Wednesday, October 27, 2010

From somebody to nobody

Posted on Wednesday, 10.27.10

From somebody to nobody

Granted, Miguel Angel Moratinos has been summarily relieved from his
duties as Spain's foreign minister. Tearful as he may be about losing
his job in Socialist Prime Minister José Luis Rodríguez Zapatero's
Cabinet shuffle intended to spur economic recovery, Moratinos is a lucky

He's still a member of parliament. He did not have to stand before
colleagues reading a belittling confession accusing himself of
ungratefulness, disloyalty, selfishness and ideological deviationism. He
has a passport and can travel, may be invited to join a corporate board
or teach at a prestigious university. His friends don't have to deny
they know him, and his name won't be stricken from Spain's history books.

The same can't be said for former Foreign Minister Roberto Robaina of
Cuba, or even for his successor Felipe Pérez-Roque. Both have vanished
from public life and have become virtual nonpersons.

Moratinos spent a lot of effort -- much of it in vain -- in the last six
years trying to burnish the Castro regime's public image and to reassert
Spain's leadership within the European Union on Cuba policy. Until the
collapse of European communism, Madrid's views about Cuba were accepted
with nary a dissent by European countries. That ended when Czechs,
Slovaks, Poles, Hungarians, et al joined the European Union and offered
more credible insights on Cuba, based on their experience with communist
rule. Even so, Moratinos argued for ending the European Union's ``Common
Policy'' in support of democratic political reform and respect for human
rights in Cuba.

For Havana, last week was not very good. Not only was Moratinos fired on
the eve of another European meeting to consider Cuba policy, but the
European parliament also announced its award of the prestigious Sahkarov
Prize to Guillermo Fariñas. A political prisoner in Cuba, Fariñas gained
international attention with a 140-day hunger strike early this year,
which led to some prisoner releases. Previous Sakharov Prize winners
include South Africa's Nelson Mandela and Burma's Aung San Suu Kyi.

Fariñas is not the first Cuban dissident to be so honored. Oswaldo Payá,
the Cuban Christian Liberation Movement leader who dared to present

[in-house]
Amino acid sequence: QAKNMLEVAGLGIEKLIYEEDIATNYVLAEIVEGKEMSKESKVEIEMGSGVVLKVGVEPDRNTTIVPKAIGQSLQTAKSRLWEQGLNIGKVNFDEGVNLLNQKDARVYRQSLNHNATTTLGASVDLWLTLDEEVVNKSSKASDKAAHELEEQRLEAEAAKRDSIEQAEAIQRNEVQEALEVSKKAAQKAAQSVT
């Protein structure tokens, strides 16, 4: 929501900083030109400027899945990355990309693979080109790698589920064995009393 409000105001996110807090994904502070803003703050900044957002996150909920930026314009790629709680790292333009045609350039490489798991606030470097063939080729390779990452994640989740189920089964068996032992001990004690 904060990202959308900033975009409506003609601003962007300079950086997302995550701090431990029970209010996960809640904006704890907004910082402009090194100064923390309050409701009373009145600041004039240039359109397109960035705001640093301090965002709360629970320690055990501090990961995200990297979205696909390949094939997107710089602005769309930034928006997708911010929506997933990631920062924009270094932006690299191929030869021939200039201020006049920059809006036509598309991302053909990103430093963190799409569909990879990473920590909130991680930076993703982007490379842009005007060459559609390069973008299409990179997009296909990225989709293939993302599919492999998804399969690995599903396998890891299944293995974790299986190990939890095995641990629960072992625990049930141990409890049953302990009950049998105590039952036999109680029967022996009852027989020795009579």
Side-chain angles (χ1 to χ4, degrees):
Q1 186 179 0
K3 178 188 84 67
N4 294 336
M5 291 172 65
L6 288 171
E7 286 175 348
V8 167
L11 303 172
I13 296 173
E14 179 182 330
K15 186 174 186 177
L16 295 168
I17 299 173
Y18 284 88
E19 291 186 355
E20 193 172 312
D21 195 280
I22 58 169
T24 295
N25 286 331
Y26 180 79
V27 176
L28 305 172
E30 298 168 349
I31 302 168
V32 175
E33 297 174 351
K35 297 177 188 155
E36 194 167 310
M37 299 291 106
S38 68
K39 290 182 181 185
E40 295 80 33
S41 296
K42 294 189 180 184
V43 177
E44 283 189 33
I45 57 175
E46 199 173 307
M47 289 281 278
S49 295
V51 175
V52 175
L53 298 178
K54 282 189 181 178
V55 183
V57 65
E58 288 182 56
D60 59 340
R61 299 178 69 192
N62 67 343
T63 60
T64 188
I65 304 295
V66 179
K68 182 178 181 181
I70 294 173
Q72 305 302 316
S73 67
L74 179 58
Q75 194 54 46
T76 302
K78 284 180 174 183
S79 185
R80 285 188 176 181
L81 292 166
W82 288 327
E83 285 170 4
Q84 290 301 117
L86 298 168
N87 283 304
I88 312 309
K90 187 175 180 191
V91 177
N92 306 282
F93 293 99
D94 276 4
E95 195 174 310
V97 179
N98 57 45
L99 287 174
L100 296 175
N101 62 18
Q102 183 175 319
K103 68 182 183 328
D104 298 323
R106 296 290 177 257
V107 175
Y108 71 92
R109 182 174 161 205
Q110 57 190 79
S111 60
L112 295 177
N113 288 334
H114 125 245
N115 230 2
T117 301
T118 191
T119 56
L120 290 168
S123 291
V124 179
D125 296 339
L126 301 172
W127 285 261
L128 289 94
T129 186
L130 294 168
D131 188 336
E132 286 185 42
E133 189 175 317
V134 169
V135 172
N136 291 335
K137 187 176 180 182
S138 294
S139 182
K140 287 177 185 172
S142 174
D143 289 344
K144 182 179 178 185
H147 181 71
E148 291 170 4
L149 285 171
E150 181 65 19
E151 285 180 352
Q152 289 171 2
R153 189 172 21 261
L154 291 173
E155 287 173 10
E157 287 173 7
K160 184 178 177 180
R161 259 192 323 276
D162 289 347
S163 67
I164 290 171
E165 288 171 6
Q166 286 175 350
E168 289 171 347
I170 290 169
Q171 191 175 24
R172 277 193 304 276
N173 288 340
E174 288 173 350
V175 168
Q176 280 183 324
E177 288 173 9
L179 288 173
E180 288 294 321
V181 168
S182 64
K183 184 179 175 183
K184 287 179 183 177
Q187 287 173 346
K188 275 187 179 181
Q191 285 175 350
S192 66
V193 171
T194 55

thousands of petitions asking for a plebiscite to Cuba's parliament,
received it in Strasbourg in 2002. The Ladies in White, a group of women
-- mothers, wives, sisters, daughters, of political prisoners who gather
and peacefully march to Sunday mass -- were awarded the prize in 2005.
The Cuban government turned down their request to be permitted to travel
abroad to receive the award.

Moratinos' last favor to Fidel and Raúl Castro was to pretend that he
had had something to do with the release of prisoners, whom according to
statements from Madrid, were being ``allowed'' to travel to Spain. In
reality, those released were exiled, together with their relatives,
including young children whose passports are clearly stamped: ``Return

Ah, but imagine for a moment: What if Moratinos had been born in Pinar
del Rio, served as Castro's foreign minister and been dismissed like
Robaina? Robaina, too, was the darling of the European left and a
revolutionary. One day, Robertico was schmoozing with heads of state;
the next day, he was nothing. Sent away to work on a farm in the
provinces, a nonperson, his name never to be mentioned again in a Cuban
newspaper, radio or TV program.

Robaina's experience is not unique. Pérez-Roque, hand-picked by Fidel
Castro to take over after Robaina, was similarly dismissed. Other
Cubans, poets, writers, ministers and military officers have gone
through the same Castro ritual, all hoping that, if they repented, their
families could stay in the house the government gave them, their wives
wouldn't be fired from their jobs, their children wouldn't be expelled
from the university or, in the case of Gen. Arnaldo Ochoa, would not be
taken before the execution wall. The promise to Ochoa was not kept.

Perhaps Moratinos would take notice: European democracies treat their
foreign ministers -- and citizens -- with a lot more respect than Cuba.

Frank Calzon is executive director of the Center for a Free Cuba based
in Arlington, Va.

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